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Cycling the Camino Frances The Camino de Santiago (Way of St James) is one of the most popular routes for walking and cycling in Europe. It attracts pilgrims, those wishing to challenge themselves, and people who just want to admire the fantastic scenery that Spain has to offer.

There are many resources where you can find details about the Camino de Santiago: the history of the different routes, the places of interest and detailed route descriptions. In this section, therefore, we will not repeat all of this information; rather, we will offer our personal recommendations and opinion about the different routes.

Routes of the Camino de Santiago

The Camino de Santiago has many different routes, some starting as far away as Eastern Europe; however, here we are only looking at the sections in Spain. Within Spain there are five routes, of which three are by far the most travelled. The most popular route, and the one that is believed to have been travelled by St James, is the Camino Frances. This begins in Spain at the small village of Roncesvalles and continues through Pamplona, Burgos and Leon on the way to Santiago de Compostela.

The second most popular route is the Camino del Norte; this is much less busy than the Camino Frances and is generally seen as a slightly harder route, following the north coast. The third route, the Via de la Plata, is the only one that is completely in Spain from start to finish. It begins in Seville and heads north through the historic towns of Castilla y Leon before reaching Santiago de Compostela.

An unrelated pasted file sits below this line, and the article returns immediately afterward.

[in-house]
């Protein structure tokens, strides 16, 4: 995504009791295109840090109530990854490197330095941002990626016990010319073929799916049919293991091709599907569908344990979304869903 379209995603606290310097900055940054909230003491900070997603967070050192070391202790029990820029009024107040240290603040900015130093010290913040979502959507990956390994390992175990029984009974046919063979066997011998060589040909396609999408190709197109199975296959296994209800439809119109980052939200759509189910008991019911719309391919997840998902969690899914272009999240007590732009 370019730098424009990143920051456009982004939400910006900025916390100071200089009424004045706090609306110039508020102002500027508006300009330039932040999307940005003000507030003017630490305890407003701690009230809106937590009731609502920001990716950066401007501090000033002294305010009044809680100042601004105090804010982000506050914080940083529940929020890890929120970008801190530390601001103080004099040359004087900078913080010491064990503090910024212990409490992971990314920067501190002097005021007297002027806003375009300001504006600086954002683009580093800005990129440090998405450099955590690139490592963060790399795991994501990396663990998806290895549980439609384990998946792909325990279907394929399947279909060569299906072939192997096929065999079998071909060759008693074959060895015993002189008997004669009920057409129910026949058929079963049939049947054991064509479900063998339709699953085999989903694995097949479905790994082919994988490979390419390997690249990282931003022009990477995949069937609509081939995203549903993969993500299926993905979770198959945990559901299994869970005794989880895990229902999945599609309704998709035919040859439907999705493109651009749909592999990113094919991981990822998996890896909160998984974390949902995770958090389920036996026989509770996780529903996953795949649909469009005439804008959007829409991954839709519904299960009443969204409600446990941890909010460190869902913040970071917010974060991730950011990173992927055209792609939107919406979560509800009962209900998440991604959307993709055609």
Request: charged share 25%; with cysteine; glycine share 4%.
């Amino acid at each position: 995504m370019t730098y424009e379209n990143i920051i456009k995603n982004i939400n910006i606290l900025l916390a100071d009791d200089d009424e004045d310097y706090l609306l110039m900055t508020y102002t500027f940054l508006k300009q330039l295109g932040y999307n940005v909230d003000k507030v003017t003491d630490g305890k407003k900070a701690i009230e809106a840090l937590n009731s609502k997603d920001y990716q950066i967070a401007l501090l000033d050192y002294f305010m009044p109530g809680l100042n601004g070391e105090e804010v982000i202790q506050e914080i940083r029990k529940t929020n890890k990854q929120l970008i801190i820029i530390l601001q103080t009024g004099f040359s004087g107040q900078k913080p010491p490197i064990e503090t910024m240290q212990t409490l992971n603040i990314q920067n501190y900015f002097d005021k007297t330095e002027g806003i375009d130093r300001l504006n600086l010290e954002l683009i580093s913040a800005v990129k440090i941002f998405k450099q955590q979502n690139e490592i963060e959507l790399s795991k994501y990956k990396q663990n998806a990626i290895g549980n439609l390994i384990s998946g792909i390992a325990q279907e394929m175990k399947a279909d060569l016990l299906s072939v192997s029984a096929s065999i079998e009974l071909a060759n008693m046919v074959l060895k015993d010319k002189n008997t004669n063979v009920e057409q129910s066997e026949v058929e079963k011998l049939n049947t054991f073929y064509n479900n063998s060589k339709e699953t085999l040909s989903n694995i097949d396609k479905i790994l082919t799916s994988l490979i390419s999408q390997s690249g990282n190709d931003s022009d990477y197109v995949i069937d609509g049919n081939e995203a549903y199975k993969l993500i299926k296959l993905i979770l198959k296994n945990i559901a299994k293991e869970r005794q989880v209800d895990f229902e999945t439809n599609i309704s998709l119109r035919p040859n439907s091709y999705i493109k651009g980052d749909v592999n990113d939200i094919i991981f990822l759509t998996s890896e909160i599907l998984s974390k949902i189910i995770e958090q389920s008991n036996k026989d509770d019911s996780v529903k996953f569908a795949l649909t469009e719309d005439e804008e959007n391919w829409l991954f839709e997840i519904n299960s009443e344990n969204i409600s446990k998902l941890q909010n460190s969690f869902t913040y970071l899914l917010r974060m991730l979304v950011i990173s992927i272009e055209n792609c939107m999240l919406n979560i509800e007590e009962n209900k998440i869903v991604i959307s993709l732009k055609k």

All three routes have advantages and disadvantages; in a series of articles we will look at the different routes, starting with the Camino France, and help you to choose the most interesting for you.

Cycling the Camino Frances

Most people that you know who have done the Camino de Santiago will have done the Camino Frances (French Way). Starting in the Pyrenees, the most popular version of this route covers nearly 750km through Navarre, La Rioja, Castilla y Leon and Galicia. Most cyclists, however, do not do the whole route. Cyclists that have a week to spend on the route usually start in Leon, which is the nearest large town that you can start from and still obtain the pilgrim's accreditation. Fortunately for these cyclists, the most spectacular scenery and the most diverse part of the Camino Frances is between Leon and Santiago de Compostela.

From Leon, the route works its way to Astorga, before reaching O'Cebreiro in a section containing the highest point on the Camino Frances. The route becomes increasingly hilly as you leave the arable lands of Leon behind and move into the greener mountainous scenery further west. The A-6 motorway carries nearly all of the traffic in the region, so you will mostly be sharing the road with a few cyclists and a lot of hikers.

The Camino Frances continues to be beautiful and isolated as it crosses into Galicia - the green scenery becoming increasingly vibrant as you get closer to the Atlantic coast. The roads continue to be undulating as the Camino Frances passes through Sarria and Palas de Rei, before the fantastic descent into Santiago de Compostela. It is here that pilgrims can best imagine the journey of St James, whilst more secular travellers can feel a sense of accmoplishment at reaching the end point of their tour.